This morning, I got a long hysterical screed from some site (I'll call it ticon.net, because that's what it was) telling me that they would no longer accept mail from pell because I am violating the RFCs by not accepting mail from:<>. After several paragraphs of "ohmygodyoucan'tfloutstandardsbecauseotherwisemicrosoftwillwin!" style writing, the message that was bounced was added to the end; it was, as you might expect, a bounced message from an antivirus program to a forged from address.

I bounced the waaa!waaa!waa! message back. Their mail server accepted it without comment.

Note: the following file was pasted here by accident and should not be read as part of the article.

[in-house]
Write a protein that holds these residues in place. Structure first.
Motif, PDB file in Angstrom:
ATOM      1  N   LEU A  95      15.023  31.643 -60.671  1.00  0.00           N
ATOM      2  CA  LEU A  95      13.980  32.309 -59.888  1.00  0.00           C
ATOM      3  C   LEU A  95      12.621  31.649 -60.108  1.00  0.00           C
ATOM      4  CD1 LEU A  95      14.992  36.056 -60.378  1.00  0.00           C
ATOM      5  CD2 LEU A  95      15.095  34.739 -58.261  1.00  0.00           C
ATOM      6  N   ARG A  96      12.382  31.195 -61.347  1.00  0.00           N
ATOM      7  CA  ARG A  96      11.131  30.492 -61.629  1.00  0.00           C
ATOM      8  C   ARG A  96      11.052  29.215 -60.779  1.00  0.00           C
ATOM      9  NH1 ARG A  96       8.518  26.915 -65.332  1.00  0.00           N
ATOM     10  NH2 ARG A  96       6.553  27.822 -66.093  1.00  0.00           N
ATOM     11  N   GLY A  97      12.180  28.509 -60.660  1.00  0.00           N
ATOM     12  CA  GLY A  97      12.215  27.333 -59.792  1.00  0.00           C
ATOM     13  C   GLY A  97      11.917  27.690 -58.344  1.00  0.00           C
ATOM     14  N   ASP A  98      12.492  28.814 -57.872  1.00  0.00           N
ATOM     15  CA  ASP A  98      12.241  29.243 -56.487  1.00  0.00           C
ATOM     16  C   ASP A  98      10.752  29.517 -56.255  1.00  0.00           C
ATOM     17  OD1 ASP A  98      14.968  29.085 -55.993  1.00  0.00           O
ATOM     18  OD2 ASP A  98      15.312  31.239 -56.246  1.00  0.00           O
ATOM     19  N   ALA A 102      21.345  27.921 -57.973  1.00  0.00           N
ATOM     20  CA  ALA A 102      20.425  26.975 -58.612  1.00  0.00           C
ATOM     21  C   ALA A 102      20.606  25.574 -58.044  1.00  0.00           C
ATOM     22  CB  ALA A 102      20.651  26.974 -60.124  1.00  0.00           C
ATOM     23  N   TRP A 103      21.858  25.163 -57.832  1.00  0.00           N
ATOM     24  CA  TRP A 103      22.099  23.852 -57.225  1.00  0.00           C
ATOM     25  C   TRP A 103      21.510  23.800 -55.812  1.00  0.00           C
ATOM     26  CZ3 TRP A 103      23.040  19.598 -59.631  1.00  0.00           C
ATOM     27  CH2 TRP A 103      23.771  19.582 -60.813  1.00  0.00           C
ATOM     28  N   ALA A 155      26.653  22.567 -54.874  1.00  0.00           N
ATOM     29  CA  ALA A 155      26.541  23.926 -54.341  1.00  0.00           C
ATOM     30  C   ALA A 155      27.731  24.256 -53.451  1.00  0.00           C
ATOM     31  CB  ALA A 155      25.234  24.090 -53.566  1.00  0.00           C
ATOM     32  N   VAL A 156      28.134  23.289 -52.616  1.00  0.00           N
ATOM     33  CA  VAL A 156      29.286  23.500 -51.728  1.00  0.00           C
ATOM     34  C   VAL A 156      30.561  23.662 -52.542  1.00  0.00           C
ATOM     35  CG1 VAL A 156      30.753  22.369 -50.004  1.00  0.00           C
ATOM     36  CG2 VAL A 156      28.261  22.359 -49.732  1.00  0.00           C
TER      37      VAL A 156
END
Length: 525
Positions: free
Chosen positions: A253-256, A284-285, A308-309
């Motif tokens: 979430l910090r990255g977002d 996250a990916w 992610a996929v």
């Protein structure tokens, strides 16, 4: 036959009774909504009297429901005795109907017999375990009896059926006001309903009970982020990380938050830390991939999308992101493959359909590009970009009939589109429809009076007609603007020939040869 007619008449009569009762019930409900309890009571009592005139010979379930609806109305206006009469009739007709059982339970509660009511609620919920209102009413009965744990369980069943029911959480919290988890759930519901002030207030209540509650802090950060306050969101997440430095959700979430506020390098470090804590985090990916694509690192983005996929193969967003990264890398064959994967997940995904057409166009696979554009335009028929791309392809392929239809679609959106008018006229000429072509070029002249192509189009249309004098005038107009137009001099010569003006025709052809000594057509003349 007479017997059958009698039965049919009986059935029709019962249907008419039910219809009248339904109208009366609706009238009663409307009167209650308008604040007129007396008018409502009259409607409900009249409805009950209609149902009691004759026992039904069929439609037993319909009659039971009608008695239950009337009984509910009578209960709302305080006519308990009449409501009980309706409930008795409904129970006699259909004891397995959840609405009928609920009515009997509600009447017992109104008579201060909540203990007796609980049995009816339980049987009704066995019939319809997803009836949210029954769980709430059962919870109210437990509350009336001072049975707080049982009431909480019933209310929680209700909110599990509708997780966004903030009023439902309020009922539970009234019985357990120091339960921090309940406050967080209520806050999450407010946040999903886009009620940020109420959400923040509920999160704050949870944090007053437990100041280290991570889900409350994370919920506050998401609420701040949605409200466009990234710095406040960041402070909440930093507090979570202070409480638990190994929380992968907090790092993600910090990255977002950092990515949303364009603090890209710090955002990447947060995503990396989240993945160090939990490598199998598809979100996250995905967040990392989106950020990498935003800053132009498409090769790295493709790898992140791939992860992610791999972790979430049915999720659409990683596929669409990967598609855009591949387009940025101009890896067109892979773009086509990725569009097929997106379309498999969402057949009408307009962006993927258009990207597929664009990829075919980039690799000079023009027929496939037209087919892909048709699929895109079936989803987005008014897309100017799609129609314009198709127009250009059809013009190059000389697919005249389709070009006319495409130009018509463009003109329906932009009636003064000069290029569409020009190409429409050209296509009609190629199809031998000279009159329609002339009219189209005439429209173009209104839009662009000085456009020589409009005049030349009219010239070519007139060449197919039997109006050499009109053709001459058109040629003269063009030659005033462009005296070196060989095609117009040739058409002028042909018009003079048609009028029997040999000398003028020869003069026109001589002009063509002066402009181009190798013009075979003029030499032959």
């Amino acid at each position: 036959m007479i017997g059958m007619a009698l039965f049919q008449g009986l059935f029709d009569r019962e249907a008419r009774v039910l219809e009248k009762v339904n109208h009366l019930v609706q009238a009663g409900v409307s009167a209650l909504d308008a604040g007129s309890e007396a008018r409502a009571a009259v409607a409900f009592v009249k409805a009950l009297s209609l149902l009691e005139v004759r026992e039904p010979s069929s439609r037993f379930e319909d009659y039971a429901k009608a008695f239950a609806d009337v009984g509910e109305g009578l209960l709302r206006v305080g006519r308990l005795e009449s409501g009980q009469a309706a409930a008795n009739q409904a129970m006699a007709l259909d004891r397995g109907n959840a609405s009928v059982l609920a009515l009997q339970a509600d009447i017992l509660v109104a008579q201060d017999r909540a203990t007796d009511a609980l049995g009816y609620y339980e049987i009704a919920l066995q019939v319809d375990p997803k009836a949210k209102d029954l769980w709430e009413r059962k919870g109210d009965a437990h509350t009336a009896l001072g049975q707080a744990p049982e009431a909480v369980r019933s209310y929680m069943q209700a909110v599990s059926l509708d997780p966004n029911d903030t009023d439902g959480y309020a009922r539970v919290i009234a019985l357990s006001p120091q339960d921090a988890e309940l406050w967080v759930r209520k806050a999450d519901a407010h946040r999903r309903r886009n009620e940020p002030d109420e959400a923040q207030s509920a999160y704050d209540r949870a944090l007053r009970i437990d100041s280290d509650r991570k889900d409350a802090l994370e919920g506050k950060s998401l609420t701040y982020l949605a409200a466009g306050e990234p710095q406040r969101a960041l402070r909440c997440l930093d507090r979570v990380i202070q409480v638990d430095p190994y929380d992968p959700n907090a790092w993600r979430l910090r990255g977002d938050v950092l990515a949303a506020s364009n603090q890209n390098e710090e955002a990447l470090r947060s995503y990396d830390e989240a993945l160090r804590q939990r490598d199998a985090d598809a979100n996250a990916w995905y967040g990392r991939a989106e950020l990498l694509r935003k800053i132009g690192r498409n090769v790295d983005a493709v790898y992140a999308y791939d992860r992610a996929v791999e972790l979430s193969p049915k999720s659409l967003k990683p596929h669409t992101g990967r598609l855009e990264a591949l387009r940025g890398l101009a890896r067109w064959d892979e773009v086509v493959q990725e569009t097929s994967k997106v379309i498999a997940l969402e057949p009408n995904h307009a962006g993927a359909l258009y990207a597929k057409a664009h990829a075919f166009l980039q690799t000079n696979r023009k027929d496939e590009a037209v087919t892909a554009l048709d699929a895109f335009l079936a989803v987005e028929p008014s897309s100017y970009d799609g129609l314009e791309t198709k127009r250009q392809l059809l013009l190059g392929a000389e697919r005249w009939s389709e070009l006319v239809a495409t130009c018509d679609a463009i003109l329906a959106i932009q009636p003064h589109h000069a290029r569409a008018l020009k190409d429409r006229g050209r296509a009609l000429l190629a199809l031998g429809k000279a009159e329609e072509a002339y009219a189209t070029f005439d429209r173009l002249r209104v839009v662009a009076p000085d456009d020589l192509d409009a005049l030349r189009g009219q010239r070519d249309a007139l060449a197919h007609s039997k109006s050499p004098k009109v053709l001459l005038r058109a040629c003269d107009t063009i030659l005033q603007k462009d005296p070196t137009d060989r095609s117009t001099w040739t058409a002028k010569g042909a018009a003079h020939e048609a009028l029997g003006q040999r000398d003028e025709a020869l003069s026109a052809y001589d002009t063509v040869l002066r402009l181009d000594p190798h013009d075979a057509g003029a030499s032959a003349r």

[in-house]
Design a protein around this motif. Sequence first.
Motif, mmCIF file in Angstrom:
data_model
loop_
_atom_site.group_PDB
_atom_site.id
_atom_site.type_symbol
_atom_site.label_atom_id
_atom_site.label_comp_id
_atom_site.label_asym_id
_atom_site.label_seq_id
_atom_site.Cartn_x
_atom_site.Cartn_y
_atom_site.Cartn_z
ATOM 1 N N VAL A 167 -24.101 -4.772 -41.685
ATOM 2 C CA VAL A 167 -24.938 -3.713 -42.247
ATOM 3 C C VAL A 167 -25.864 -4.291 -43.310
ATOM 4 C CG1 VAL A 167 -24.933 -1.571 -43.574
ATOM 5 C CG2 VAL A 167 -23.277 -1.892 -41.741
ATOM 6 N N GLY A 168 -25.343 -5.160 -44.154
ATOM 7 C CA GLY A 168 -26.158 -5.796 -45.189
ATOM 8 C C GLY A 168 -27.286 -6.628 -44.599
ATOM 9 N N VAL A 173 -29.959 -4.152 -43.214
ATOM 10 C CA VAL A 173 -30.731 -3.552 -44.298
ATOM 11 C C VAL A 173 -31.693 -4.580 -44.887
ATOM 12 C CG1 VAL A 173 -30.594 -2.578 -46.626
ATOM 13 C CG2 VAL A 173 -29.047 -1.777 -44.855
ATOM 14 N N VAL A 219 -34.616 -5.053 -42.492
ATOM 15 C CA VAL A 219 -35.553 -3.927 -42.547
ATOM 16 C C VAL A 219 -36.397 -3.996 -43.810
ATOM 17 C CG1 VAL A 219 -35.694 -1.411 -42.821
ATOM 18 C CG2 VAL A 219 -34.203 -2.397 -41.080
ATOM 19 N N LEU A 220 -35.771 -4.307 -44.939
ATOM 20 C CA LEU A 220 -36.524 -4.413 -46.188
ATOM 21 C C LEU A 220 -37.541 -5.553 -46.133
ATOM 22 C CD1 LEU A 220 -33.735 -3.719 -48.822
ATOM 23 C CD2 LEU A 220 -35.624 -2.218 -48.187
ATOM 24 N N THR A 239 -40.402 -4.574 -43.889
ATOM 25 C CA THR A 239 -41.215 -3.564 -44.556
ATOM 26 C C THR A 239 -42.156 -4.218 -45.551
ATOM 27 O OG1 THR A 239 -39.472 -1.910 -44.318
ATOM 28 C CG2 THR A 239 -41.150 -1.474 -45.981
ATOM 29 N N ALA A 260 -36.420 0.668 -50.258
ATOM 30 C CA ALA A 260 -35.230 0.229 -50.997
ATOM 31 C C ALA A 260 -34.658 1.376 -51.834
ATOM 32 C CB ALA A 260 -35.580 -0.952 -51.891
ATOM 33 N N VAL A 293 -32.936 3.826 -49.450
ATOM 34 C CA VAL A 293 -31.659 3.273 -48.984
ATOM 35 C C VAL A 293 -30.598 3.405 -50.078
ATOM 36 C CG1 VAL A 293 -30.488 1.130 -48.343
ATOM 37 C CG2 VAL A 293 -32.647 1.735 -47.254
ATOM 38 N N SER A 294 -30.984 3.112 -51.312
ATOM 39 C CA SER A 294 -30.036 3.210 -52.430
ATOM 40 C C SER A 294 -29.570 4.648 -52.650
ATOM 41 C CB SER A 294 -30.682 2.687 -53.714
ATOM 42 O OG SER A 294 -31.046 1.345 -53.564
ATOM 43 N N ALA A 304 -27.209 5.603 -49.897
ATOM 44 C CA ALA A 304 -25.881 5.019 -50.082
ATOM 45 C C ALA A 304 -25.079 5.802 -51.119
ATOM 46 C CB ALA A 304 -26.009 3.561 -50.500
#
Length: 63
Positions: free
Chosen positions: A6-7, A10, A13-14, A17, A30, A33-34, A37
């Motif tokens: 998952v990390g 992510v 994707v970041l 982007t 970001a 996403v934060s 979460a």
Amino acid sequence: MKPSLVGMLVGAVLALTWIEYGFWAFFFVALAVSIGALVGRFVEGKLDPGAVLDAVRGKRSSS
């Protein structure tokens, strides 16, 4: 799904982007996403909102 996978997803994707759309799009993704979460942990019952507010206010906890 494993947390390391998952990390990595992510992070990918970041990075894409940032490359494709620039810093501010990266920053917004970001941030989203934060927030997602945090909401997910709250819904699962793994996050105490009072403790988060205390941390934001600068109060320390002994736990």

May 20, 2004

Our descent into barbarism

It is always a simple matter to drag people along whether it is a democracy, or a fascist dictatorship, or a parliament, or a communist dictatorship. Voice or no voice, the people can always be brought to the bidding of the leaders. This is easy. All you have to do is tell them they are being attacked, and denounce the pacifists for lack of patriotism and exposing the country to danger. It works the same in every country.

--Hermann Goering


The joys of personal transport

Today is a nice sunny day in Portland, so (after not going to sleep until very late because the cutest horsemen of the apocolypse didn't go to sleep until 11:30pm) I decided to ride my bicycle. Which had a flat. And when I tried to pump up the tire, the valve stem broke off. Which made the tire useless. Spares? Yes! Er, 14 years old. No.

At least when the bus has a flat tire someone else fixes it.

May 19, 2004

New Code